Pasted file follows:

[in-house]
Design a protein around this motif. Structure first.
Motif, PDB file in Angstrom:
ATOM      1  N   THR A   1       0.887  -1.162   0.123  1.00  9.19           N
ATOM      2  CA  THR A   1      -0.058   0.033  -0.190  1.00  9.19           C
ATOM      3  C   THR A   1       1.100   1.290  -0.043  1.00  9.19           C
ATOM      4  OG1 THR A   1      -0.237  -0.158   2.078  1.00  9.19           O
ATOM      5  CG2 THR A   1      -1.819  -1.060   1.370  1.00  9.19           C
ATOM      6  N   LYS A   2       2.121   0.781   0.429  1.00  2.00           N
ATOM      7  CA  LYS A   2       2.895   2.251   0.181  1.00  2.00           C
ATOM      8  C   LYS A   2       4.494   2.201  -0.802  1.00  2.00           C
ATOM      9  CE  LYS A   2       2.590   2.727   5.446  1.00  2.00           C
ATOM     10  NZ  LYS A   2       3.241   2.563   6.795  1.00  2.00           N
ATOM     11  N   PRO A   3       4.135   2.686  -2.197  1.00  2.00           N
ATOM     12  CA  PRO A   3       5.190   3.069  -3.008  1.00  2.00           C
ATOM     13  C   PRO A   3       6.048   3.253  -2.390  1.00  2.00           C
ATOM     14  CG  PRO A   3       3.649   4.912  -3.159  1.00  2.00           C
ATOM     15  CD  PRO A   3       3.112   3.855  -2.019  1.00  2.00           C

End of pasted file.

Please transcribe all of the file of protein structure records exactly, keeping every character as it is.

[in-house]
Design a protein around this motif. Structure first.
Motif, PDB file in Angstrom:
ATOM      1  N   THR A   1       0.887  -1.162   0.123  1.00  9.19           N
ATOM      2  CA  THR A   1      -0.058   0.033  -0.190  1.00  9.19           C
ATOM      3  C   THR A   1       1.100   1.290  -0.043  1.00  9.19           C
ATOM      4  OG1 THR A   1      -0.237  -0.158   2.078  1.00  9.19           O
ATOM      5  CG2 THR A   1      -1.819  -1.060   1.370  1.00  9.19           C
ATOM      6  N   LYS A   2       2.121   0.781   0.429  1.00  2.00           N
ATOM      7  CA  LYS A   2       2.895   2.251   0.181  1.00  2.00           C
ATOM      8  C   LYS A   2       4.494   2.201  -0.802  1.00  2.00           C
ATOM      9  CE  LYS A   2       2.590   2.727   5.446  1.00  2.00           C
ATOM     10  NZ  LYS A   2       3.241   2.563   6.795  1.00  2.00           N
ATOM     11  N   PRO A   3       4.135   2.686  -2.197  1.00  2.00           N
ATOM     12  CA  PRO A   3       5.190   3.069  -3.008  1.00  2.00           C
ATOM     13  C   PRO A   3       6.048   3.253  -2.390  1.00  2.00           C
ATOM     14  CG  PRO A   3       3.649   4.912  -3.159  1.00  2.00           C
ATOM     15  CD  PRO A   3       3.112   3.855  -2.019  1.00  2.00           C